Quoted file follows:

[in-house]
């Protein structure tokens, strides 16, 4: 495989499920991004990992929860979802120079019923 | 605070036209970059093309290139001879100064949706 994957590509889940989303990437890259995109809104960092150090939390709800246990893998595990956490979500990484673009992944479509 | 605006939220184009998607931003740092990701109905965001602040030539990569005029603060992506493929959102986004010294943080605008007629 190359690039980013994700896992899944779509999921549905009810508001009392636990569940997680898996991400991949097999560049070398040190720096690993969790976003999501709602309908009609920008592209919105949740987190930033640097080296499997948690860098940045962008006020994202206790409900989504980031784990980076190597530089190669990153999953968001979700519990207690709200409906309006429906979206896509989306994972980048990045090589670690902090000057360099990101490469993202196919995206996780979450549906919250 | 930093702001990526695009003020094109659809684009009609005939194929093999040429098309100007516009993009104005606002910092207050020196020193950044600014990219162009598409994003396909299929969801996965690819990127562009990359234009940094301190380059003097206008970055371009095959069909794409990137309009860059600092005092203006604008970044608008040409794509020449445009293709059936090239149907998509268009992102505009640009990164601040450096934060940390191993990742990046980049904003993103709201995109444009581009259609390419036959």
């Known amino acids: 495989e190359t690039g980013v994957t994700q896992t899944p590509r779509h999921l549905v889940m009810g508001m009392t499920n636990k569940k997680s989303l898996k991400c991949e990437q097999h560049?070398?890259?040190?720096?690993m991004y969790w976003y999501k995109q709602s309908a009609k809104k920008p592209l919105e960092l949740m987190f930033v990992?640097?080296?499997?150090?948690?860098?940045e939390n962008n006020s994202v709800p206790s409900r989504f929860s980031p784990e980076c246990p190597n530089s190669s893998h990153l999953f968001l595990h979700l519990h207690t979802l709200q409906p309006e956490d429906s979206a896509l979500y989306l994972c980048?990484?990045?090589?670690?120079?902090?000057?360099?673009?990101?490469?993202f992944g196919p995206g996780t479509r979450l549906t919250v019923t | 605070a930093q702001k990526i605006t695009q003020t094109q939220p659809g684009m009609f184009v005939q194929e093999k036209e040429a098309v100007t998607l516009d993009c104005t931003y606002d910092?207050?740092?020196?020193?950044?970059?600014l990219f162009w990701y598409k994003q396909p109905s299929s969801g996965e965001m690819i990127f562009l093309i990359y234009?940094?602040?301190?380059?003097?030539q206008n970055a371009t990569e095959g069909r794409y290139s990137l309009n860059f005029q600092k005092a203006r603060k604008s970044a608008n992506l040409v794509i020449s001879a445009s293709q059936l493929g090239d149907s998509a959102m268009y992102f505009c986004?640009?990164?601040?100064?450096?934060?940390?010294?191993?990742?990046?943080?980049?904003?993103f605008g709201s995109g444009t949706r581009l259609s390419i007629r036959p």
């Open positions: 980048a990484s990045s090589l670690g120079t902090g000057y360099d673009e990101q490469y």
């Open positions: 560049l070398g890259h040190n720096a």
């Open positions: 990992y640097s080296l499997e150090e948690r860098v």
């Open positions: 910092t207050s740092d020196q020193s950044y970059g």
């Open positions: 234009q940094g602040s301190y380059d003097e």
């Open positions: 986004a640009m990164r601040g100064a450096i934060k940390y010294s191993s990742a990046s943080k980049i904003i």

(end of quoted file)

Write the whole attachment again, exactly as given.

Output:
[in-house]
């Protein structure tokens, strides 16, 4: 495989499920991004990992929860979802120079019923 | 605070036209970059093309290139001879100064949706 994957590509889940989303990437890259995109809104960092150090939390709800246990893998595990956490979500990484673009992944479509 | 605006939220184009998607931003740092990701109905965001602040030539990569005029603060992506493929959102986004010294943080605008007629 190359690039980013994700896992899944779509999921549905009810508001009392636990569940997680898996991400991949097999560049070398040190720096690993969790976003999501709602309908009609920008592209919105949740987190930033640097080296499997948690860098940045962008006020994202206790409900989504980031784990980076190597530089190669990153999953968001979700519990207690709200409906309006429906979206896509989306994972980048990045090589670690902090000057360099990101490469993202196919995206996780979450549906919250 | 930093702001990526695009003020094109659809684009009609005939194929093999040429098309100007516009993009104005606002910092207050020196020193950044600014990219162009598409994003396909299929969801996965690819990127562009990359234009940094301190380059003097206008970055371009095959069909794409990137309009860059600092005092203006604008970044608008040409794509020449445009293709059936090239149907998509268009992102505009640009990164601040450096934060940390191993990742990046980049904003993103709201995109444009581009259609390419036959």
């Known amino acids: 495989e190359t690039g980013v994957t994700q896992t899944p590509r779509h999921l549905v889940m009810g508001m009392t499920n636990k569940k997680s989303l898996k991400c991949e990437q097999h560049?070398?890259?040190?720096?690993m991004y969790w976003y999501k995109q709602s309908a009609k809104k920008p592209l919105e960092l949740m987190f930033v990992?640097?080296?499997?150090?948690?860098?940045e939390n962008n006020s994202v709800p206790s409900r989504f929860s980031p784990e980076c246990p190597n530089s190669s893998h990153l999953f968001l595990h979700l519990h207690t979802l709200q409906p309006e956490d429906s979206a896509l979500y989306l994972c980048?990484?990045?090589?670690?120079?902090?000057?360099?673009?990101?490469?993202f992944g196919p995206g996780t479509r979450l549906t919250v019923t | 605070a930093q702001k990526i605006t695009q003020t094109q939220p659809g684009m009609f184009v005939q194929e093999k036209e040429a098309v100007t998607l516009d993009c104005t931003y606002d910092?207050?740092?020196?020193?950044?970059?600014l990219f162009w990701y598409k994003q396909p109905s299929s969801g996965e965001m690819i990127f562009l093309i990359y234009?940094?602040?301190?380059?003097?030539q206008n970055a371009t990569e095959g069909r794409y290139s990137l309009n860059f005029q600092k005092a203006r603060k604008s970044a608008n992506l040409v794509i020449s001879a445009s293709q059936l493929g090239d149907s998509a959102m268009y992102f505009c986004?640009?990164?601040?100064?450096?934060?940390?010294?191993?990742?990046?943080?980049?904003?993103f605008g709201s995109g444009t949706r581009l259609s390419i007629r036959p």
């Open positions: 980048a990484s990045s090589l670690g120079t902090g000057y360099d673009e990101q490469y």
């Open positions: 560049l070398g890259h040190n720096a």
């Open positions: 990992y640097s080296l499997e150090e948690r860098v």
């Open positions: 910092t207050s740092d020196q020193s950044y970059g």
């Open positions: 234009q940094g602040s301190y380059d003097e």
């Open positions: 986004a640009m990164r601040g100064a450096i934060k940390y010294s191993s990742a990046s943080k980049i904003i």